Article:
O’Brien: Chicago’s top eighth grader heads to Kentucky for high school experience

SHARE O’Brien: Chicago’s top eighth grader heads to Kentucky for high school experience
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Marquise Walker became a YouTube basketball sensation when he was 8 years old. Michael Jordan has watched him play, ESPN’s Outside The Lines has done a segment on him. It’s all been part of a carefully choreographed marketing campaign by his father Chikosi Walker.

So far the 14-year-old is living up to the hype. He’s considered one of the top 25 players in the national class of 2019 and is the top-ranked player in Illinois.

“I love it,” said Marquise Walker. “I love good attention, I love being noticed, I’m grateful for being noticed.”

Walker, a 5-10 point guard, averaged 35 points at Stevenson Middle School in Melrose Park. He played eighth grade ball as a seventh grader. Chikosi Walker doesn’t see any point in his son playing another season at that level, so he’s made a bold decision.

Marquise is moving to Bowling Green, Kentucky. He’ll attend South Warren Middle School and be the starting point guard at South Warren High School. Middle school students are allowed to play high school basketball in Kentucky.

“Playing eighth grade again would waste a year of development,” said Chikosi Walker. “He would be the best player on the court every game and won’t get better. He’s an alpha dog. It’s a no-win situation playing eighth grade ball. You have to see him play to understand what I mean. He hits another level when he plays against the best players in the country.”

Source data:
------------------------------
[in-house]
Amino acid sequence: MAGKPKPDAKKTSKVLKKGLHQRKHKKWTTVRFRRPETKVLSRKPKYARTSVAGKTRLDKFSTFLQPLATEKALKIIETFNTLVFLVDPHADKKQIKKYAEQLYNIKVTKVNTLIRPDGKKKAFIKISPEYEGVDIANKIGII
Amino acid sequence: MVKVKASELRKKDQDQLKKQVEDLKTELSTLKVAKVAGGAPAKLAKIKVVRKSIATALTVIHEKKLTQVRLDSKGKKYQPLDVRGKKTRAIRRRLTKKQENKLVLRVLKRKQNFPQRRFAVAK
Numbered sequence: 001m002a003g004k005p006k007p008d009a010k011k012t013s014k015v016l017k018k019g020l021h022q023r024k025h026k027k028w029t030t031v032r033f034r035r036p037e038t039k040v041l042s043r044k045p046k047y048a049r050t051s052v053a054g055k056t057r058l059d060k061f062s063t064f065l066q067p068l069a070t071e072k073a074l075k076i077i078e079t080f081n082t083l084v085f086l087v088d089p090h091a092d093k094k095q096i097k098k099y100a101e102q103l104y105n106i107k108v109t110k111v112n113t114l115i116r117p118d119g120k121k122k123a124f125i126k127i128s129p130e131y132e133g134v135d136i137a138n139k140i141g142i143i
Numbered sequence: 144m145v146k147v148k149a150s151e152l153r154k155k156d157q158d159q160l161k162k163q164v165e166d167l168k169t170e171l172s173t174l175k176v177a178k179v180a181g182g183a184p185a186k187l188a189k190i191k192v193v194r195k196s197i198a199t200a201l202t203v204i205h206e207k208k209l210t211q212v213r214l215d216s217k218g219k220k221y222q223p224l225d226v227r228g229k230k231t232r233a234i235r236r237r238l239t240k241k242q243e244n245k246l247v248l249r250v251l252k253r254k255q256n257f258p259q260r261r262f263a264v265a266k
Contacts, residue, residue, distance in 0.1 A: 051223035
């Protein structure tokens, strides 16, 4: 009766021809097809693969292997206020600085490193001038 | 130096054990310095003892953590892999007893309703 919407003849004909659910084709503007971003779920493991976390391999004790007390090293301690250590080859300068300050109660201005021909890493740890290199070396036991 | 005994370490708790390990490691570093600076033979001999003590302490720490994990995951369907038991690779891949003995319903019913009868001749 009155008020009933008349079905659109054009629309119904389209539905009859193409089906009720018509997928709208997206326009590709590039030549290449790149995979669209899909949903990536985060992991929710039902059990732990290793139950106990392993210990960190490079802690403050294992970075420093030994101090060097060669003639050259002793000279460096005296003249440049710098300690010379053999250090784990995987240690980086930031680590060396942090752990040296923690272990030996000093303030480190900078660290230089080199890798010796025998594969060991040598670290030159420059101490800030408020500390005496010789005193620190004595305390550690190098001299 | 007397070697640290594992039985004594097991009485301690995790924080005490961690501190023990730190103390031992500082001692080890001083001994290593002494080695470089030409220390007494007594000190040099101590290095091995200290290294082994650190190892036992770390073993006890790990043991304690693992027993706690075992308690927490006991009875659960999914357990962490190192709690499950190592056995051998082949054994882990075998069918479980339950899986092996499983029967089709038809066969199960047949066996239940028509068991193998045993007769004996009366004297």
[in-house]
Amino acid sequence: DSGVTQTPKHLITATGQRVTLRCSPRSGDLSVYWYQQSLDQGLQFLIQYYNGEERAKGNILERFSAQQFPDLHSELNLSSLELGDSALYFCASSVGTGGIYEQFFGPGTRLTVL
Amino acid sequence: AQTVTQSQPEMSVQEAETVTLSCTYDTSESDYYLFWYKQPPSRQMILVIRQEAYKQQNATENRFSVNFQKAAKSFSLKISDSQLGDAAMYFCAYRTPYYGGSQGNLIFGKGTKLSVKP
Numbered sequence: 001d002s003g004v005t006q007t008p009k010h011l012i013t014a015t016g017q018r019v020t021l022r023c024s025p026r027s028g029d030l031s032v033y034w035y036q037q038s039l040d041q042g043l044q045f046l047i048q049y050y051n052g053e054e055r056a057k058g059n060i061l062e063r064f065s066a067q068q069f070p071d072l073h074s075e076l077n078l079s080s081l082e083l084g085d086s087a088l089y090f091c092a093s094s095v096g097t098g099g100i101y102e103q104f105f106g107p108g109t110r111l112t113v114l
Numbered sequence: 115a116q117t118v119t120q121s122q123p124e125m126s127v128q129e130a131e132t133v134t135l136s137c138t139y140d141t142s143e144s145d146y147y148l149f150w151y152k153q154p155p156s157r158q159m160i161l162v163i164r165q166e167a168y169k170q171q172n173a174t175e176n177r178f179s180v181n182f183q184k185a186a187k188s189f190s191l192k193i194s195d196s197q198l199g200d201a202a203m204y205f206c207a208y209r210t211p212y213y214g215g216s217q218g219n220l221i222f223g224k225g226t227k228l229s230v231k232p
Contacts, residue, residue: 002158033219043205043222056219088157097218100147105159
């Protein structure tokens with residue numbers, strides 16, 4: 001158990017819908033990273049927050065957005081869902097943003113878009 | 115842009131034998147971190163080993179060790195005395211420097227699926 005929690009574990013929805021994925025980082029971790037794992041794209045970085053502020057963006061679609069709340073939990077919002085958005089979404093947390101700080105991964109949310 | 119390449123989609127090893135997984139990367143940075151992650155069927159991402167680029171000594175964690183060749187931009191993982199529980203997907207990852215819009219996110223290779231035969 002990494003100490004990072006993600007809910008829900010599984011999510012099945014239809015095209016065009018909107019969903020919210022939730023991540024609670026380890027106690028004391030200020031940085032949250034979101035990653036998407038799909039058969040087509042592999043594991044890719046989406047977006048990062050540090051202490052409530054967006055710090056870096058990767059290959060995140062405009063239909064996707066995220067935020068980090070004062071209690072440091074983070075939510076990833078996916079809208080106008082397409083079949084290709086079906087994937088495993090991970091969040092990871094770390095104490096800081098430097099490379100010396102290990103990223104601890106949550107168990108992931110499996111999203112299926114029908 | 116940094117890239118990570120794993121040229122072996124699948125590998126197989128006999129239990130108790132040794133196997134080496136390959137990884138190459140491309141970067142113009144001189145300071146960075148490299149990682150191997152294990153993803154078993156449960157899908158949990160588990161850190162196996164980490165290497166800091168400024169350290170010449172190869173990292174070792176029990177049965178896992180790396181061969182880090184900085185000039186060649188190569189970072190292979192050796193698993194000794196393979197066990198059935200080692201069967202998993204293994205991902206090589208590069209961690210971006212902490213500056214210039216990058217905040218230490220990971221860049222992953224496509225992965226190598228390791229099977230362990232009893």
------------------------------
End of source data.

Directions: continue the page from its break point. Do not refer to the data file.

Walker said South Warren is a much better school than Stevenson, so the move makes academic sense as well. He plans to spend as much time as possible with his son in Kentucky.

“I’m self-employed so I have a lot of flexibility,” said Chikosi Walker. “I’m getting an apartment down here, they are pretty cheap. I’ve been looking the last couple days. We are in an extended stay hotel for a week or so. I’ll be back and forth throughout the year. I work in real estate, I own some properties and have passive income so I don’t have to be (in Chicago) all the time.”

Chikosi Walker has good friends in the Bowling Green area and his grandfather lives there, so there will be plenty of people to look after Marquise. The plan is to spend one year in Kentucky getting high school playing experience and then return to the Chicago area for four years of high school ball.

“He should be able to step in and start on one of the best teams in the Chicago area as a freshman next year,” said Chikosi Walker. “He’s wide-open for high schools, it has to be the best situation where he can play and qualify for college.”

HIGH SCHOOL DECISION IS NEXT

Walker says his son has already received interest from St. Joseph, Curie, North Lawndale, Simeon, DePaul Prep, Seton and Marshall. The colleges have come calling as well. Marquise is taking an unofficial visit to Western Kentucky this weekend and plans to visit Iowa State soon.